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Student Profile in Histone Variant H3.3

Purbita Saha

Genetics, Development and Disease Graduate Program

Mentors: Laura Banaszynski, Ph.D.
Undergraduate Degree: Master of Science in Biotechnology
Undergraduate Institution: St. Xavier’s College, Kolkata, India
Hometown: Kolkata, India

Purbita Saha

How did you become interested in science and/or research?

My final years in high school helped me find my passion for science. Despite my introverted nature, I found myself seamlessly working as a part of a diverse group of students from across the country at a science camp. This research-oriented camp was my first introduction to biology beyond the high school textbooks. Eventually, during my integrated Master’s program in Biotechnology, I had internship stints in multiple different molecular biology labs which motivated me to pursue graduate studies as well as helped shape my current research interests.

Please describe your research.

I am interested in understanding chromatin-mediated regulation of enhancer activation during embryonic stem cell differentiation. Selective incorporation of histone variants into chromatin at regulatory elements like enhancers and active genes adds to the complexity of epigenetic regulation. It is therefore of great interest to investigate the functional relevance of histone variant H3.3-mediated chromatin dynamics in genome regulation – more specifically the role of H3.3-specific phosphorylation in stimulation of H3K27ac deposition at enhancers. My thesis work involves elucidation of the molecular mechanism by which histone H3.3 specific phosphorylation mediated signaling integration promotes the transcriptional program of mESCs.

Why did you choose UTSW for graduate school?

While applying to different graduate schools, I was looking for a school that had a strong background of exciting and innovative research and faculties who were exploring novel molecular mechanisms underlying diverse biological processes. UT Southwestern was a clear choice since its Umbrella Program for graduate studies provides different research program options facilitating an interdisciplinary approach to biomedical research. Moreover, UT Southwestern also offers a fantastic research infra-structure with exceptional professors, many of them Nobel laureates, and its sterling reputation as a world-renowned institute with major scientific breakthroughs both in the field of basic sciences and their clinical applications.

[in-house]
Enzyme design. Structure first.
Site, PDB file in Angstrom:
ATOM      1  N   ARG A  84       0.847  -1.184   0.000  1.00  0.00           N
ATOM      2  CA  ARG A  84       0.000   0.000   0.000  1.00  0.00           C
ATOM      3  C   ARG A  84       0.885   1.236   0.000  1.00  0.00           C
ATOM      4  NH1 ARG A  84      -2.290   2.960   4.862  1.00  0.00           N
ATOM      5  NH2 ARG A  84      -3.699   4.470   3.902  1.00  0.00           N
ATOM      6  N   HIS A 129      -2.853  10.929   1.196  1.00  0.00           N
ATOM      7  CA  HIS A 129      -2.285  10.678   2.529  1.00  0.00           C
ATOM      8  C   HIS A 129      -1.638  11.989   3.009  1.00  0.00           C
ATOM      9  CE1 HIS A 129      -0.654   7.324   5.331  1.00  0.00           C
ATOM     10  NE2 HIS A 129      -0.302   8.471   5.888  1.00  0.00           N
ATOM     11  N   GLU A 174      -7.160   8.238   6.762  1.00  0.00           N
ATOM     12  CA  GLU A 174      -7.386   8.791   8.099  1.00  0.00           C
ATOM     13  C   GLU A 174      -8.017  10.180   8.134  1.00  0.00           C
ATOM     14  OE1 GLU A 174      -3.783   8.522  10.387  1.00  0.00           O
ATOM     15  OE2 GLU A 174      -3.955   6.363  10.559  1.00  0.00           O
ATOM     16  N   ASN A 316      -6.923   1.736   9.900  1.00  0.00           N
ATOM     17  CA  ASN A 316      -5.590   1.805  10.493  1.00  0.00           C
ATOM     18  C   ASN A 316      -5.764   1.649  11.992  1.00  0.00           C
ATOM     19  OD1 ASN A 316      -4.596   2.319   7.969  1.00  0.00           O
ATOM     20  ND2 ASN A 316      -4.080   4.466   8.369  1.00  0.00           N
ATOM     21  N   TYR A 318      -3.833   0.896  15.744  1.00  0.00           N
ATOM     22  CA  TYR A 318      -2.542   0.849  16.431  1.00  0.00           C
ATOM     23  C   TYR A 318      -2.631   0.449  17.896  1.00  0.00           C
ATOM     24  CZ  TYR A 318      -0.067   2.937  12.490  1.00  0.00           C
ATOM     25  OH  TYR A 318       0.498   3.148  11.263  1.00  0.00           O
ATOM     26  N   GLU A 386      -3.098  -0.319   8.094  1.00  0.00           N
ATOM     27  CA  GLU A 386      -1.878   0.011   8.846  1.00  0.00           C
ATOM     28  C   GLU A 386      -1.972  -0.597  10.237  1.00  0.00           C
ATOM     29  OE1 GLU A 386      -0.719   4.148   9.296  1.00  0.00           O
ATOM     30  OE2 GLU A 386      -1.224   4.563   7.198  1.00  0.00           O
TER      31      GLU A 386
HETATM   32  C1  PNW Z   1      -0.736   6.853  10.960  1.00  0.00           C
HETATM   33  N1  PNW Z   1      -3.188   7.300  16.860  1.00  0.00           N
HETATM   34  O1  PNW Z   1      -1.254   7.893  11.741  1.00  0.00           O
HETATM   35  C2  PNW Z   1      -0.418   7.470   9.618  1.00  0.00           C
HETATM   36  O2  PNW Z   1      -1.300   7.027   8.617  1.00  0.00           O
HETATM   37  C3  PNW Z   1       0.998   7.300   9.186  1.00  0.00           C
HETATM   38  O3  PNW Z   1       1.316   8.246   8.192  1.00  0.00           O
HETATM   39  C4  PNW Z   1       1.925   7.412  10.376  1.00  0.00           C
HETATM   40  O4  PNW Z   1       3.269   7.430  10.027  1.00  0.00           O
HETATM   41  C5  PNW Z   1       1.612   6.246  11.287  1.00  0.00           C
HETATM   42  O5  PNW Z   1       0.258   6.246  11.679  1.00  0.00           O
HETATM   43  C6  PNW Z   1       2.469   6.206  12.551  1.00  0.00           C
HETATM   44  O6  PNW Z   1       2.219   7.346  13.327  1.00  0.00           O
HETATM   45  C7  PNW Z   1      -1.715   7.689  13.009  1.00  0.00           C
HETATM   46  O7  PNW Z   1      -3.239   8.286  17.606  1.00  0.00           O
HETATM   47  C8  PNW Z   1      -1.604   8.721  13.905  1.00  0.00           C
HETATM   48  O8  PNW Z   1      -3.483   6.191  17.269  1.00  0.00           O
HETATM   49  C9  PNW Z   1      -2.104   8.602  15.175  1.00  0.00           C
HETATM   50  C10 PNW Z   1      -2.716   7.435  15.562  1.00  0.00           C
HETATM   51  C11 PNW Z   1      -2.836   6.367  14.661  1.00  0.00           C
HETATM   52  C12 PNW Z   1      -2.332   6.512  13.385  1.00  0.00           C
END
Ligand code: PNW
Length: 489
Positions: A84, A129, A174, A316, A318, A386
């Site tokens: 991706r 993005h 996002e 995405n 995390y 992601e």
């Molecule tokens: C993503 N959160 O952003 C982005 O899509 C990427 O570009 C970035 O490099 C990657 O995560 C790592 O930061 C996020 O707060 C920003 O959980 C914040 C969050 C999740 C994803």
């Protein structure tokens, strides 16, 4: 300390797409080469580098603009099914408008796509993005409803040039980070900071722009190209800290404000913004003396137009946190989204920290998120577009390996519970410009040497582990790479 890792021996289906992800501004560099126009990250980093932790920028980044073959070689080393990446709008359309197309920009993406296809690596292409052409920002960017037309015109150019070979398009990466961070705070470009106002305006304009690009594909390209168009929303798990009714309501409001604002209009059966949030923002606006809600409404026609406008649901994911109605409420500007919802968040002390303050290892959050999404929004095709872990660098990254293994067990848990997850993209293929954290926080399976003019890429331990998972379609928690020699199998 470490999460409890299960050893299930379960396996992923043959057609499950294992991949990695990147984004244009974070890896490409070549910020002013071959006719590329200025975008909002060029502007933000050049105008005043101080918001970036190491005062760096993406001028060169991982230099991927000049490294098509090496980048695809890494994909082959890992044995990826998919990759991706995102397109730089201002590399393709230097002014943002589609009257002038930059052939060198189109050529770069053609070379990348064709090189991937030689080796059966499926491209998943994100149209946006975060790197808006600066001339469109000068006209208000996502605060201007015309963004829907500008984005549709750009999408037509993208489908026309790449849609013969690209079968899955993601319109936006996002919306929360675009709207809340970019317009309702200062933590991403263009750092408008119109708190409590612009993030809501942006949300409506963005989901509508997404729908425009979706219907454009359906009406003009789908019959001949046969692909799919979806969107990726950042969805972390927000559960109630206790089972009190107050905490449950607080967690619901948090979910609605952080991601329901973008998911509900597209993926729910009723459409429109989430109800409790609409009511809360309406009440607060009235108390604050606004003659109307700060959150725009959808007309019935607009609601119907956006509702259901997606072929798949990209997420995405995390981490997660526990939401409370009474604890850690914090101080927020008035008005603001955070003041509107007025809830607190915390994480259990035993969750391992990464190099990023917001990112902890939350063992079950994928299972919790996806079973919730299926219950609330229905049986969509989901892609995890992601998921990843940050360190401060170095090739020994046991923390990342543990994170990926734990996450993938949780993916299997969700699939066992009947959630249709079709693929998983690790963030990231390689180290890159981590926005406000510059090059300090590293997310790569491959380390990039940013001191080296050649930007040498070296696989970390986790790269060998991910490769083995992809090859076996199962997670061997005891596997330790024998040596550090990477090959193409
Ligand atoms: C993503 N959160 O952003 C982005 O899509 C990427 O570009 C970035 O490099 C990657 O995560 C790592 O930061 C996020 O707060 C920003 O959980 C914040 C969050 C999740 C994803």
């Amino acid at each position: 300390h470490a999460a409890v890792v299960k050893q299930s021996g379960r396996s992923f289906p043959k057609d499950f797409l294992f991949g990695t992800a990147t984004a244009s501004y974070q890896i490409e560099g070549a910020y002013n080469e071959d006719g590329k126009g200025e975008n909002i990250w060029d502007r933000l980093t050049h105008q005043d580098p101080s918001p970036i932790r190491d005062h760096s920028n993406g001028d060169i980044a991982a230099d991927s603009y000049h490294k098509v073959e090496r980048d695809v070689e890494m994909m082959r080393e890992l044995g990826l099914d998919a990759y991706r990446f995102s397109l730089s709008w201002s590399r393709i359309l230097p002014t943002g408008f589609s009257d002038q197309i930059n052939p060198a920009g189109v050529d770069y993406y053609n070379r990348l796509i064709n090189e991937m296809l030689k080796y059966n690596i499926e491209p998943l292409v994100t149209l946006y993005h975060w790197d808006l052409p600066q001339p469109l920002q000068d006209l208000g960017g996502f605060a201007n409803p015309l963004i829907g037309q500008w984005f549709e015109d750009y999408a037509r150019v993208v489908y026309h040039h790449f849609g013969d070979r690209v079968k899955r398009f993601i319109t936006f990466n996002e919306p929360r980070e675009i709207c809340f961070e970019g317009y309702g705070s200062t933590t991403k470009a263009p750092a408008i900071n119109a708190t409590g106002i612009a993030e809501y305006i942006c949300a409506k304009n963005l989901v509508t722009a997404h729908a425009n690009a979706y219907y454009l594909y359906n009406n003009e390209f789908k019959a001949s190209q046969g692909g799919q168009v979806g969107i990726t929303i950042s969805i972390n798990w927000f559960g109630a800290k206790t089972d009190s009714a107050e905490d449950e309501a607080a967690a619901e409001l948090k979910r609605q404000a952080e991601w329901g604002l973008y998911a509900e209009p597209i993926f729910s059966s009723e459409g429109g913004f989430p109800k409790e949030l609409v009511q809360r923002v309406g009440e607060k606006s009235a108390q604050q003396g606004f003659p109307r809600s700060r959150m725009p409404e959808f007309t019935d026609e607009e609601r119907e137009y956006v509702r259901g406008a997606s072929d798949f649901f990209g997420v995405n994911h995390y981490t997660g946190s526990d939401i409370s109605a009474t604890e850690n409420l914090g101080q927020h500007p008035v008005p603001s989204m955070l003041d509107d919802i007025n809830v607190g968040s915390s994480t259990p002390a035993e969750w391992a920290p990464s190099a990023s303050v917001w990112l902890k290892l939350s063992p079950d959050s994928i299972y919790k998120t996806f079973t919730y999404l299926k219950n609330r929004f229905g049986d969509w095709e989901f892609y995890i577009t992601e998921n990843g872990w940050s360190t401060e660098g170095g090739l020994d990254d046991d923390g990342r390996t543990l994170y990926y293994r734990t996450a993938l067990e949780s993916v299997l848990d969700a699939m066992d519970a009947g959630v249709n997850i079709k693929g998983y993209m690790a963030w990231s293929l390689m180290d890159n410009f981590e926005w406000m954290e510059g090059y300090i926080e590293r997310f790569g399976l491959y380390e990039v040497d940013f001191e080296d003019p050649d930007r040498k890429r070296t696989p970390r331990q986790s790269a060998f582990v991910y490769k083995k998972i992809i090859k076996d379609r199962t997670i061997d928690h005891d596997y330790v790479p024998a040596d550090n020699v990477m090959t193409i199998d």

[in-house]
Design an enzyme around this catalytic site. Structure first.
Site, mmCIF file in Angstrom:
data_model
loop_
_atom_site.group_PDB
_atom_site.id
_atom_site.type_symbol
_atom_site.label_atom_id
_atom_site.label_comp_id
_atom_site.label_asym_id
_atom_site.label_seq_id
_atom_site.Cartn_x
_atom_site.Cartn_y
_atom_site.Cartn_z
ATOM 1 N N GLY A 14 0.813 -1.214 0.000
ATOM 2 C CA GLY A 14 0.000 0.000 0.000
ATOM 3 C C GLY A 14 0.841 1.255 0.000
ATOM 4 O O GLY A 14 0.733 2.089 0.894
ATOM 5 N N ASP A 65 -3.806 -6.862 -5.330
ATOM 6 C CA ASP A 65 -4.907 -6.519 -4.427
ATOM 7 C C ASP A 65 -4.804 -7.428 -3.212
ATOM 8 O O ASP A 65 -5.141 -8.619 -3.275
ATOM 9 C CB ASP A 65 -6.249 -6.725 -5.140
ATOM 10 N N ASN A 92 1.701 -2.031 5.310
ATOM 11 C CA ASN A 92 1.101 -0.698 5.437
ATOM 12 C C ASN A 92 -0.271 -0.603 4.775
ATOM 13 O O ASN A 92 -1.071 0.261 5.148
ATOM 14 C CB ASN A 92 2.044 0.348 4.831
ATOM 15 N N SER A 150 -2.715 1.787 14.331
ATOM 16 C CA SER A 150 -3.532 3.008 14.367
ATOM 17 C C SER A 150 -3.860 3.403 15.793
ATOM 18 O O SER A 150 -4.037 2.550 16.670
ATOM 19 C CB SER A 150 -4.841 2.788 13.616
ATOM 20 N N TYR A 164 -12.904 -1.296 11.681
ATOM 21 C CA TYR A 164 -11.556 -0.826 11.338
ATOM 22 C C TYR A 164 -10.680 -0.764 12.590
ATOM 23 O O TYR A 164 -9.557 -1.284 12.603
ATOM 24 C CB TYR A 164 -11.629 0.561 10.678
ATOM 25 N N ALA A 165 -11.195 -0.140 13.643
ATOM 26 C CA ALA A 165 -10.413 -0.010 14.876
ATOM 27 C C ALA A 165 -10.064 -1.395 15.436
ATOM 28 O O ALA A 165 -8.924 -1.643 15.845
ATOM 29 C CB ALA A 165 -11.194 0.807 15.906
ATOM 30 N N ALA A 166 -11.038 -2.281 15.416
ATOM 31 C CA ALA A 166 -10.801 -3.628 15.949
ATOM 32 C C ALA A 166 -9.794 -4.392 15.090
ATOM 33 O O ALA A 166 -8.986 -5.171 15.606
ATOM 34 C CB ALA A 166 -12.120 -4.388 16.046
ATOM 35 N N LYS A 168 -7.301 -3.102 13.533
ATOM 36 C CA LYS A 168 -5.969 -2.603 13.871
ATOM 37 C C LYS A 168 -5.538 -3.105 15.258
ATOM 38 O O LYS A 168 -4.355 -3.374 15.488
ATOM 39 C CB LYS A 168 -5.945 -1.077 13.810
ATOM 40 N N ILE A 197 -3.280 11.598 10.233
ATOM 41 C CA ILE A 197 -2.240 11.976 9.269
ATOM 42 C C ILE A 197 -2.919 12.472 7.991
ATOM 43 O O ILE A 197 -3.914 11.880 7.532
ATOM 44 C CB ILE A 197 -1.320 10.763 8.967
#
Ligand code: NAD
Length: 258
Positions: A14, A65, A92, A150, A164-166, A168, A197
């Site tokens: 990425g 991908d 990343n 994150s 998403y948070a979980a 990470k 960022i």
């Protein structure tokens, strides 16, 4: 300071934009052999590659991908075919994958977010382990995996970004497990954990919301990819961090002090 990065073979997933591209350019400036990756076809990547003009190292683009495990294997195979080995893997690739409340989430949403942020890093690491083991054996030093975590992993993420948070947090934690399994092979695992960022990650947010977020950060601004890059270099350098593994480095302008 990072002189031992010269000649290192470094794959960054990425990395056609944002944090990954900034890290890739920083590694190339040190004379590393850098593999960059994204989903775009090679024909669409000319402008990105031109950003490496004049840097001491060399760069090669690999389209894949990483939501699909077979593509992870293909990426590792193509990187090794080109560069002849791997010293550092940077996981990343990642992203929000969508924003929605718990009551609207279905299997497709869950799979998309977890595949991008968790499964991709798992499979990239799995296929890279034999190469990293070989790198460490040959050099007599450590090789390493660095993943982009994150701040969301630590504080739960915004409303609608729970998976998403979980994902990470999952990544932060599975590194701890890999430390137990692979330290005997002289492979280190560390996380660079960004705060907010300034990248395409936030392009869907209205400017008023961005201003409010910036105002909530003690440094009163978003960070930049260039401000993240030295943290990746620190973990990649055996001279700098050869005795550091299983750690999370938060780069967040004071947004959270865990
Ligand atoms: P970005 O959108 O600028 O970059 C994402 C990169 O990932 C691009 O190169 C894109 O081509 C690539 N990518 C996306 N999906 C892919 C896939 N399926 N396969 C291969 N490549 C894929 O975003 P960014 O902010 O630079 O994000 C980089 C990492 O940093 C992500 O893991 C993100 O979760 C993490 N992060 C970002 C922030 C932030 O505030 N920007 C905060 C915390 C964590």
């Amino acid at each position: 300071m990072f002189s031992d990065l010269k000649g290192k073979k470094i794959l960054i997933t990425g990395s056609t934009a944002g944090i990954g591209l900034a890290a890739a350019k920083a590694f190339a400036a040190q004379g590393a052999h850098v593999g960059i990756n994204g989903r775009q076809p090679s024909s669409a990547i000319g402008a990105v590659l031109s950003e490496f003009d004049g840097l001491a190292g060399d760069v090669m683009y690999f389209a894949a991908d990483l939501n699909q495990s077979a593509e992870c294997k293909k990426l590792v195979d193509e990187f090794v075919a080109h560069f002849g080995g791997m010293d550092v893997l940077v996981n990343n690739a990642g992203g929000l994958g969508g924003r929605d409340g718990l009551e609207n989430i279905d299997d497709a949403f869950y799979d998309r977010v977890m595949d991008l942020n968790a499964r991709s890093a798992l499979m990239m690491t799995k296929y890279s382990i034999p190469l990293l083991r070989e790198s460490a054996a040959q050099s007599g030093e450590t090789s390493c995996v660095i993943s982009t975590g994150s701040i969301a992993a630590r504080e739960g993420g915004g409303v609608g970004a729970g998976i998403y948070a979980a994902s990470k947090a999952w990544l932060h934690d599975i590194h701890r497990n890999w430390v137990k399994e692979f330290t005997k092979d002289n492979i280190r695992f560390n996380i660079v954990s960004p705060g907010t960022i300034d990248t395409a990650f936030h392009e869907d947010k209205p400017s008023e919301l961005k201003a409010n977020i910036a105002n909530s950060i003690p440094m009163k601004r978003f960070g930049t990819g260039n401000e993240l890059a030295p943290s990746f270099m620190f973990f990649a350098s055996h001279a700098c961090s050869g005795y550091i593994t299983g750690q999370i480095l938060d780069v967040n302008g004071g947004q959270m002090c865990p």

What do you think makes the Genetics, Development and Disease Program one of the best?

I have benefitted immensely from the focused training provided in the GDD program which warrants our participation in different small group discussions as well as intellectually exciting seminars and lectures on the current advancements in the field of basic molecular, developmental and disease biology. The positive and inclusive scientific environment fostered by the faculty members in the program, as well as UT Southwestern in general, provides encouragement and opportunity for us to broaden our scope of research and to connect and network with the scientists leading their respective field of expertise.

What do you love about the Genetics, Development and Disease Program?

I have always felt very appreciated in this program, due to the different opportunities that were provided in terms of collaborations and platforms to present our work in front of diverse scientific communities. Apart from the different in-house meetings and seminars, the program also hosts a wonderful yearly retreat where the vibrant GDD research community is celebrated by focusing on a healthy exchange of innovative research ideas among the faculties and graduate students alike, which delivers vital encouragement to overcome the challenges of graduate school.

– Purbita Saha

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